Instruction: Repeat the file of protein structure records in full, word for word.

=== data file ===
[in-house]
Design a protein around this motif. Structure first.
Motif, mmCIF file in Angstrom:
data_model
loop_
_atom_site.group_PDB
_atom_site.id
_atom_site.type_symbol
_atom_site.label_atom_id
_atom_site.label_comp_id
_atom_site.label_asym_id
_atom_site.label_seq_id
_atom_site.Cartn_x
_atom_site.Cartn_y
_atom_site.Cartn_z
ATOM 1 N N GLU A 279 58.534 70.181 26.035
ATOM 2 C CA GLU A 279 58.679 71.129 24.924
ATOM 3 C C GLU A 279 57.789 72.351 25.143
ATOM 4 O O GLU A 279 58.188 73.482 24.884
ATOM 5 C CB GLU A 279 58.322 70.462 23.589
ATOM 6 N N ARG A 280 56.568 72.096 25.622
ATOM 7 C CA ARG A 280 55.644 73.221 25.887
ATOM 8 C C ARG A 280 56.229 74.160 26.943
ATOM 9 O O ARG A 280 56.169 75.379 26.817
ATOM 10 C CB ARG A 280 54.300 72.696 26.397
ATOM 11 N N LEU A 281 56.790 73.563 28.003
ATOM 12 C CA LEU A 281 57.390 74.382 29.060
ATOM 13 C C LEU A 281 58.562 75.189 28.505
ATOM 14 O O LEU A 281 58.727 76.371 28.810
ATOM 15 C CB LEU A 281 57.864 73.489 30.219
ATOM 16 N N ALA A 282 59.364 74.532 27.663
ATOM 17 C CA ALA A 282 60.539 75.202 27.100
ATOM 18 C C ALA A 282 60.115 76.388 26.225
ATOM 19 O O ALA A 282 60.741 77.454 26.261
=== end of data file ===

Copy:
[in-house]
Design a protein around this motif. Structure first.
Motif, mmCIF file in Angstrom:
data_model
loop_
_atom_site.group_PDB
_atom_site.id
_atom_site.type_symbol
_atom_site.label_atom_id
_atom_site.label_comp_id
_atom_site.label_asym_id
_atom_site.label_seq_id
_atom_site.Cartn_x
_atom_site.Cartn_y
_atom_site.Cartn_z
ATOM 1 N N GLU A 279 58.534 70.181 26.035
ATOM 2 C CA GLU A 279 58.679 71.129 24.924
ATOM 3 C C GLU A 279 57.789 72.351 25.143
ATOM 4 O O GLU A 279 58.188 73.482 24.884
ATOM 5 C CB GLU A 279 58.322 70.462 23.589
ATOM 6 N N ARG A 280 56.568 72.096 25.622
ATOM 7 C CA ARG A 280 55.644 73.221 25.887
ATOM 8 C C ARG A 280 56.229 74.160 26.943
ATOM 9 O O ARG A 280 56.169 75.379 26.817
ATOM 10 C CB ARG A 280 54.300 72.696 26.397
ATOM 11 N N LEU A 281 56.790 73.563 28.003
ATOM 12 C CA LEU A 281 57.390 74.382 29.060
ATOM 13 C C LEU A 281 58.562 75.189 28.505
ATOM 14 O O LEU A 281 58.727 76.371 28.810
ATOM 15 C CB LEU A 281 57.864 73.489 30.219
ATOM 16 N N ALA A 282 59.364 74.532 27.663
ATOM 17 C CA ALA A 282 60.539 75.202 27.100
ATOM 18 C C ALA A 282 60.115 76.388 26.225
ATOM 19 O O ALA A 282 60.741 77.454 26.261